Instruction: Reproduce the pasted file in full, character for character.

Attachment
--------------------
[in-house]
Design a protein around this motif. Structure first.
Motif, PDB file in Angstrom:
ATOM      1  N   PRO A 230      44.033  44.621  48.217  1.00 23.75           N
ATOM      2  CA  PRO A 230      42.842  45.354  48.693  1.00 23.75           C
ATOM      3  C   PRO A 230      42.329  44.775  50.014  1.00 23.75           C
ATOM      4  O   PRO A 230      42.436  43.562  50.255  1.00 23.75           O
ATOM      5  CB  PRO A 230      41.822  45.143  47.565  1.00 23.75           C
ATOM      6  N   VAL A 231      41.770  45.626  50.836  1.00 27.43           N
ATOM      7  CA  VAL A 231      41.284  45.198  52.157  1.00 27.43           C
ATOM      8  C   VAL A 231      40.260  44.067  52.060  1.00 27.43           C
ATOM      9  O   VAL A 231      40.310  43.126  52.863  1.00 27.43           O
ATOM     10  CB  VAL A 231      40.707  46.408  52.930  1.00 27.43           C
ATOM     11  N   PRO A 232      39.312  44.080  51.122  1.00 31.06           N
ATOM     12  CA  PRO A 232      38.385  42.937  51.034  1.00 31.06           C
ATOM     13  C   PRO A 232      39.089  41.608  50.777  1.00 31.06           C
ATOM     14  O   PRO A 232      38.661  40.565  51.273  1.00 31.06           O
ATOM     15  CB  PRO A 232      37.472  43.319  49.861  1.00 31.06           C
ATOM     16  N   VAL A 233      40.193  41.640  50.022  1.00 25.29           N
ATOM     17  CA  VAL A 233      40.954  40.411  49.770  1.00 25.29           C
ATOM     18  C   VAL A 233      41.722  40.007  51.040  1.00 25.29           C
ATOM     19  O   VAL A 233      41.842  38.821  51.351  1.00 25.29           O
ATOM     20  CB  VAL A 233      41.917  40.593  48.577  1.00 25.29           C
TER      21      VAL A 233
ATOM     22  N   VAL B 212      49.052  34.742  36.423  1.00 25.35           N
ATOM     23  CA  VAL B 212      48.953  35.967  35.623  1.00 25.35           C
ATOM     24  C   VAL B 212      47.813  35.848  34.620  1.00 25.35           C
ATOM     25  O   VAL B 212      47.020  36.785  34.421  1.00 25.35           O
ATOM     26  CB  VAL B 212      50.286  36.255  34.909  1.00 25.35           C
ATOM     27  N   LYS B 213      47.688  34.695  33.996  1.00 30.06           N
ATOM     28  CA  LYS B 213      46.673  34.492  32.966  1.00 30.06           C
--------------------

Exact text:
[in-house]
Design a protein around this motif. Structure first.
Motif, PDB file in Angstrom:
ATOM      1  N   PRO A 230      44.033  44.621  48.217  1.00 23.75           N
ATOM      2  CA  PRO A 230      42.842  45.354  48.693  1.00 23.75           C
ATOM      3  C   PRO A 230      42.329  44.775  50.014  1.00 23.75           C
ATOM      4  O   PRO A 230      42.436  43.562  50.255  1.00 23.75           O
ATOM      5  CB  PRO A 230      41.822  45.143  47.565  1.00 23.75           C
ATOM      6  N   VAL A 231      41.770  45.626  50.836  1.00 27.43           N
ATOM      7  CA  VAL A 231      41.284  45.198  52.157  1.00 27.43           C
ATOM      8  C   VAL A 231      40.260  44.067  52.060  1.00 27.43           C
ATOM      9  O   VAL A 231      40.310  43.126  52.863  1.00 27.43           O
ATOM     10  CB  VAL A 231      40.707  46.408  52.930  1.00 27.43           C
ATOM     11  N   PRO A 232      39.312  44.080  51.122  1.00 31.06           N
ATOM     12  CA  PRO A 232      38.385  42.937  51.034  1.00 31.06           C
ATOM     13  C   PRO A 232      39.089  41.608  50.777  1.00 31.06           C
ATOM     14  O   PRO A 232      38.661  40.565  51.273  1.00 31.06           O
ATOM     15  CB  PRO A 232      37.472  43.319  49.861  1.00 31.06           C
ATOM     16  N   VAL A 233      40.193  41.640  50.022  1.00 25.29           N
ATOM     17  CA  VAL A 233      40.954  40.411  49.770  1.00 25.29           C
ATOM     18  C   VAL A 233      41.722  40.007  51.040  1.00 25.29           C
ATOM     19  O   VAL A 233      41.842  38.821  51.351  1.00 25.29           O
ATOM     20  CB  VAL A 233      41.917  40.593  48.577  1.00 25.29           C
TER      21      VAL A 233
ATOM     22  N   VAL B 212      49.052  34.742  36.423  1.00 25.35           N
ATOM     23  CA  VAL B 212      48.953  35.967  35.623  1.00 25.35           C
ATOM     24  C   VAL B 212      47.813  35.848  34.620  1.00 25.35           C
ATOM     25  O   VAL B 212      47.020  36.785  34.421  1.00 25.35           O
ATOM     26  CB  VAL B 212      50.286  36.255  34.909  1.00 25.35           C
ATOM     27  N   LYS B 213      47.688  34.695  33.996  1.00 30.06           N
ATOM     28  CA  LYS B 213      46.673  34.492  32.966  1.00 30.06           C